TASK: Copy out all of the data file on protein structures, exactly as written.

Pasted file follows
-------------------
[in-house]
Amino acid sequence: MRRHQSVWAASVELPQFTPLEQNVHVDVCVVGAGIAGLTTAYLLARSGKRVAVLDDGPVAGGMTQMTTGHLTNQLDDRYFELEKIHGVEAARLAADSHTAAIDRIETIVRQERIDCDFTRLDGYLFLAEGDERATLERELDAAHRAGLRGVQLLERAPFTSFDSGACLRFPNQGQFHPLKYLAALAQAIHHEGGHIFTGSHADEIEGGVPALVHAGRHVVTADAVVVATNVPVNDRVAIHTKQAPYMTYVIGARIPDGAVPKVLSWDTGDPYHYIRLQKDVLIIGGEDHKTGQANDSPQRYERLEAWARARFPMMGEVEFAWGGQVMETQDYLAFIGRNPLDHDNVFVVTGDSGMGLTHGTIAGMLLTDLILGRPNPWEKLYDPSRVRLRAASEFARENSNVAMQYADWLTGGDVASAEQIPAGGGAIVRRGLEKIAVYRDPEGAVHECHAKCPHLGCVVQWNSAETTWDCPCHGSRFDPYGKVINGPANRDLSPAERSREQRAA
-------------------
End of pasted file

[in-house]
Amino acid sequence: MRRHQSVWAASVELPQFTPLEQNVHVDVCVVGAGIAGLTTAYLLARSGKRVAVLDDGPVAGGMTQMTTGHLTNQLDDRYFELEKIHGVEAARLAADSHTAAIDRIETIVRQERIDCDFTRLDGYLFLAEGDERATLERELDAAHRAGLRGVQLLERAPFTSFDSGACLRFPNQGQFHPLKYLAALAQAIHHEGGHIFTGSHADEIEGGVPALVHAGRHVVTADAVVVATNVPVNDRVAIHTKQAPYMTYVIGARIPDGAVPKVLSWDTGDPYHYIRLQKDVLIIGGEDHKTGQANDSPQRYERLEAWARARFPMMGEVEFAWGGQVMETQDYLAFIGRNPLDHDNVFVVTGDSGMGLTHGTIAGMLLTDLILGRPNPWEKLYDPSRVRLRAASEFARENSNVAMQYADWLTGGDVASAEQIPAGGGAIVRRGLEKIAVYRDPEGAVHECHAKCPHLGCVVQWNSAETTWDCPCHGSRFDPYGKVINGPANRDLSPAERSREQRAA